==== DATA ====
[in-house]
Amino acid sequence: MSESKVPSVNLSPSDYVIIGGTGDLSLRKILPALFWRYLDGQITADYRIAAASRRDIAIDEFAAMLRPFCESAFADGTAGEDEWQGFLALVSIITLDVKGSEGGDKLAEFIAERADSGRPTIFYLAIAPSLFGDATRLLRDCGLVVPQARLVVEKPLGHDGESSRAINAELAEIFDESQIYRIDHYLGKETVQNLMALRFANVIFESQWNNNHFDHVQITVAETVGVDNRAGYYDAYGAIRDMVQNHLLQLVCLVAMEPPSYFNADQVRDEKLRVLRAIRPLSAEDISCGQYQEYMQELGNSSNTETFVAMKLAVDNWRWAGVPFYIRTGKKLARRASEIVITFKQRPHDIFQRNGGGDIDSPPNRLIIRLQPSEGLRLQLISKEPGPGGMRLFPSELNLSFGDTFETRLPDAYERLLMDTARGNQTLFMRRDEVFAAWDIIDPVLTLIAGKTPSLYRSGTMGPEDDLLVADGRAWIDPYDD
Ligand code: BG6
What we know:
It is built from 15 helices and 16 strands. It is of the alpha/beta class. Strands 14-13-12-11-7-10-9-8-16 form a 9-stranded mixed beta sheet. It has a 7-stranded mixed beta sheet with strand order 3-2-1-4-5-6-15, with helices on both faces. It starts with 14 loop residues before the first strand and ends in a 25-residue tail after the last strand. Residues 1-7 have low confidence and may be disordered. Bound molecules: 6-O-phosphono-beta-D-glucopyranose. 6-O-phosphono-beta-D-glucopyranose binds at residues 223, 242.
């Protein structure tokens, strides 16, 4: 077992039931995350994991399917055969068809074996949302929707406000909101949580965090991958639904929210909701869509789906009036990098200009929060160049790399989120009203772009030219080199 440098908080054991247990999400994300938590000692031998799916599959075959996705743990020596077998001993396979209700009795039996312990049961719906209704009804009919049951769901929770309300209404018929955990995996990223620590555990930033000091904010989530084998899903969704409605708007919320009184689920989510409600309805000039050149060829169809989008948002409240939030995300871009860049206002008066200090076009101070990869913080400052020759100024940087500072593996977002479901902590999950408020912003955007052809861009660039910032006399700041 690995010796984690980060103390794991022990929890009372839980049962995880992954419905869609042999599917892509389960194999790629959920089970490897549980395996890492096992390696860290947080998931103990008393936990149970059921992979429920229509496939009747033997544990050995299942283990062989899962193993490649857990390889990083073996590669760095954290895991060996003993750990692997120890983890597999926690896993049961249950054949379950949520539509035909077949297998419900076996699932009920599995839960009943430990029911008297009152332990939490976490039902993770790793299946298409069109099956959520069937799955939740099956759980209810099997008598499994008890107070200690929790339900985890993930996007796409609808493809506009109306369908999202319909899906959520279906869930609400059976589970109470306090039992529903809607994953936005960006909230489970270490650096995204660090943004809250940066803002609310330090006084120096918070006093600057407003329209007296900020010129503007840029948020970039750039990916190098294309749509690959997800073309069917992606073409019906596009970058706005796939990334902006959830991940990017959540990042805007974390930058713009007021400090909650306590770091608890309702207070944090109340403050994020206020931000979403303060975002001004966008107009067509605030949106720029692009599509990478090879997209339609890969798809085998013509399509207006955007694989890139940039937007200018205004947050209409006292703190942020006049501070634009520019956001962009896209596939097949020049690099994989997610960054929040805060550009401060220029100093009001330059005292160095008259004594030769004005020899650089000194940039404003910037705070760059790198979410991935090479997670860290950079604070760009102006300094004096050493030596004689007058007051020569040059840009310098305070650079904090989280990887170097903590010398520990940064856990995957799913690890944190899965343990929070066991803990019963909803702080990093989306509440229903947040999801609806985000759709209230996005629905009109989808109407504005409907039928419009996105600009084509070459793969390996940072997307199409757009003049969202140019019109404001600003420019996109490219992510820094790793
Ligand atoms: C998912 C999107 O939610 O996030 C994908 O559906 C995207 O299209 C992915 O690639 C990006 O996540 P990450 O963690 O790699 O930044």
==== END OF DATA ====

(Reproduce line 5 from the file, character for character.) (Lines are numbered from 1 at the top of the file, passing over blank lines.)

It is built from 15 helices and 16 strands. It is of the alpha/beta class. Strands 14-13-12-11-7-10-9-8-16 form a 9-stranded mixed beta sheet. It has a 7-stranded mixed beta sheet with strand order 3-2-1-4-5-6-15, with helices on both faces. It starts with 14 loop residues before the first strand and ends in a 25-residue tail after the last strand. Residues 1-7 have low confidence and may be disordered. Bound molecules: 6-O-phosphono-beta-D-glucopyranose. 6-O-phosphono-beta-D-glucopyranose binds at residues 223, 242.